hard wiring extension cord??

Originally Posted By: srowe
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Does anyone have a NEC reference for hard wiring an extension chord into a pump. Appears non-standard to me, sorry I don’t have the whole picture. Basically it was multiple outlet extension chord that was cut and spliced into the junction box. Thanks!


![](upload://1DQCgu2fbXSD3rVgO7I9JHfKOVS.jpeg)


Originally Posted By: Thomas Ogryski
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400.7(A)(6) Connection of utilization equipment to facilitate frequent interchange


400.7(A)(7) Prevention of the transmission of noise or vibration


Those are two that could apply. However, shoving the cord up under the edge of the cover certainly doesn't cut the mustard codewise. How about the location of that pump? If it is outdoors exposed to rain, the pressure switch may not be raintight and the motor certainly doesn't appear to be either.

Tom


Originally Posted By: Thomas Ogryski
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I may have overlooked the obvious, does the pump get fed by the cord or does the pump circuit feed the cord? If it is the latter, then the usage does not meet any of the permitted uses in 400.7 and may be a Uses Not Permitted violation of 400.8(1) As a substitutefor the fixed wiring of a structure.


Originally Posted By: rmoore
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I’d just stick with… 300.4 Protection Against Physical Damage. Where subject to physical damage, conductors shall be adequately protected.


Even if you were allowed to use the control box as a junction box, and were allowed to hardwire an extension cord, then you would still have to provide some strain relief and protection from that sharp looking edge.

Code, Schmode...It's just plain wrong!


Originally Posted By: srowe
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The pump circuit feeds the chord. The gray wire feeds the pump, the yellow chord feeds a couple of items (can’t remember exactly). I will haver to back and take another photo.


Originally Posted By: jpope
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means of power supply.


Plus, the NM isn't listed for wet locations.


Originally Posted By: bbadger
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rmoore wrote:
Code, Schmode...It's just plain wrong!


![icon_lol.gif](upload://zEgbBCXRskkCTwEux7Bi20ZySza.gif)

How can you argue with that?


Originally Posted By: rmoore
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duplicate deleted


Originally Posted By: rmoore
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LOL…


Don't get me wrong. Electricity is an invisble dragon as far as I'm concerned and I rely on the codes in this area, more than any other, to tell me what is allowable. But, when I see something like Shawn's photo, or this... [ Image: Circuit wiring for idiots ] ...it's a no-brainer to simply report it as an "unacceptable wiring method in need of prompt repair".


--
Richard Moore
Rest Assured Inspection Services
Seattle, WA
www.rainspect.com

Originally Posted By: jsieg
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First if that NM wire is being fed to an exterior device it needs to be UV protected (UF wire or in conduit) (just the basics not going to get into the complete proper way to wire).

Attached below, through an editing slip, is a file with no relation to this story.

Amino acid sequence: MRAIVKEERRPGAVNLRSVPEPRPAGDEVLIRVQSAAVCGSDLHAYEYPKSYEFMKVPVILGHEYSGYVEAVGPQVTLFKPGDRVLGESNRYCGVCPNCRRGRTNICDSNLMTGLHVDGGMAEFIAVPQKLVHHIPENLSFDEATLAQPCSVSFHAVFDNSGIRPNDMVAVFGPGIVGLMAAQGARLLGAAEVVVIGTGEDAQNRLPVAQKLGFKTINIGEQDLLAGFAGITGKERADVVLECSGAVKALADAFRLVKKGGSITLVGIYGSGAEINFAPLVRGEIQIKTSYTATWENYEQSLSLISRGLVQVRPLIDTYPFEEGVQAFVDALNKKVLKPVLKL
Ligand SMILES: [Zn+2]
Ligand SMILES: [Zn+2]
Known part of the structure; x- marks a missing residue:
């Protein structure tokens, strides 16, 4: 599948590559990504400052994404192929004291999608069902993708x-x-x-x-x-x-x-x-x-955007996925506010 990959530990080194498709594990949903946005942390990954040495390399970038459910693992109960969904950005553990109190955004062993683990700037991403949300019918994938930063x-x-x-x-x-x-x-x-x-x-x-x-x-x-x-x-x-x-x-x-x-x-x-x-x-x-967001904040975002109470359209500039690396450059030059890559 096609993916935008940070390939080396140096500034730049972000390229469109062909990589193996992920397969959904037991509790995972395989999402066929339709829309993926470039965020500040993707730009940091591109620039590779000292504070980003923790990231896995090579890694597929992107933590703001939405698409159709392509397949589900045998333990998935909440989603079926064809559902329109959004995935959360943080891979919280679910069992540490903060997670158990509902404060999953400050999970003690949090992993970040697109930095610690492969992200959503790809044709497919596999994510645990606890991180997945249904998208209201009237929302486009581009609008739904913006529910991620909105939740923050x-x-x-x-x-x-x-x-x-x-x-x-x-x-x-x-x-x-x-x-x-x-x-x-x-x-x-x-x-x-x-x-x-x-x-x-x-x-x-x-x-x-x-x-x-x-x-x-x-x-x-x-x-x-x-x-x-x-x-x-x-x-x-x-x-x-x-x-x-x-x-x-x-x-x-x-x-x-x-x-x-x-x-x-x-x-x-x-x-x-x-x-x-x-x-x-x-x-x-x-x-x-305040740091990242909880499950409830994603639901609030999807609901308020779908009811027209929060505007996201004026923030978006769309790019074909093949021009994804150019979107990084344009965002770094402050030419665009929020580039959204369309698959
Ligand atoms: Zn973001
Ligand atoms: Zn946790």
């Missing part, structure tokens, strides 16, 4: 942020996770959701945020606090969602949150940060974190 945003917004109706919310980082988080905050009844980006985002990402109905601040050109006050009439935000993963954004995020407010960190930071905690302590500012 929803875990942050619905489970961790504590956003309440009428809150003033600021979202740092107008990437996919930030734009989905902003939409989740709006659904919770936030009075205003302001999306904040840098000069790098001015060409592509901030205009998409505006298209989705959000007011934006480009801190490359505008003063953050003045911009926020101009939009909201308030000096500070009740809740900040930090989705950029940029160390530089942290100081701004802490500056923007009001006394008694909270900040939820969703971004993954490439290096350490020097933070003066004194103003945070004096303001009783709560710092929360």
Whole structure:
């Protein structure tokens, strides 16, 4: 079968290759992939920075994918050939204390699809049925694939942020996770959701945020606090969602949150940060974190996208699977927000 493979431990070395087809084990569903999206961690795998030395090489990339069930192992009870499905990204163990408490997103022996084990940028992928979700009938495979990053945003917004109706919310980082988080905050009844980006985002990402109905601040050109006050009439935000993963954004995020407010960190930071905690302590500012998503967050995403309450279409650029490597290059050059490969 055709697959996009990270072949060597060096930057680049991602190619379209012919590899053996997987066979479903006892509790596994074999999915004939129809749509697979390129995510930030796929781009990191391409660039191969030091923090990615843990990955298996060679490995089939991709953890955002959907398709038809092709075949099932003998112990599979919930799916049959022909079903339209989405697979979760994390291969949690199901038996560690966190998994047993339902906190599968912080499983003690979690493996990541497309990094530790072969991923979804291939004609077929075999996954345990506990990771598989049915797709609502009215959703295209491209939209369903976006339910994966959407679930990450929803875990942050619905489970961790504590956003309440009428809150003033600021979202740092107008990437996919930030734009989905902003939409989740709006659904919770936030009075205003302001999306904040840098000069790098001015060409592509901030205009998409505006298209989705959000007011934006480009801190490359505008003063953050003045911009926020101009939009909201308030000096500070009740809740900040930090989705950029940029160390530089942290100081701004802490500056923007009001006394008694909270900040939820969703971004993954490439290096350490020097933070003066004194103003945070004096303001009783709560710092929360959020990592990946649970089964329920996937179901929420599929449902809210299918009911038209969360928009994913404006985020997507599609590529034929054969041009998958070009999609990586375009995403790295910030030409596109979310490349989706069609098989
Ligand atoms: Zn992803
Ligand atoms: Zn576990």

Second the pump should be a designated circuit!! (nothing else on the same circuit)

Third all pumps need to be in some kind of an enclousure to protect it from weather, animals, etc.

fourth pump switches are not rated nor do they have enough space within them for multible wires. ( They have moving parts in them that need to be able to move freely!!)

Lastly It does not look like the switch is properly grounded... from what I am seeing from the photo the green grounding screw does not have any wire under it. Pumps create a lot of static electricty... (lightning kills and is a form of static electricty(it can be argued that all electricty is static))... (stated for theatrical effect).

*** Most electrical (wiring) problems are normaly not just one thing done incorrectly but many things done incorrectly. It is said that electrical fires are not normaly caused by just one abnormal thing happening but several things that came together all at the same time to cause the fire.

Comments welcome!


Originally Posted By: Greg Fretwell
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Shallow well pumps like that are usually listed wet location, even though you folks up north probably won’t see them installed outside (freezing).


It is pretty common in South Florida. The NM is just wrong, you can’t use it in a wet location, conduit or not. Same for the “romex” connector. The switch is bonded to the pump via the nipple but we don’t know if it is grounded properly. The cord is wrong because of the permanent wiring issue and the lack of the proper connector.


Whether this is a dedicated circuit or not is a design issue somewhat based on the FLA of the motor. It is common to have the other water processing equipment on that circuit.


Originally Posted By: jsieg
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The pump may be rated for wet location but that is not the issue… the switch is Not rated for wet location.


As for the switch being bonded to the pump, that is not proper electrical wiring... that's like saying that a metal electrical that is grounded would be safe (proper) wiring for a recepticle in that box without connecting the ground screw to that ground wire... (that's saying the mounting scerws ground the recepticle.)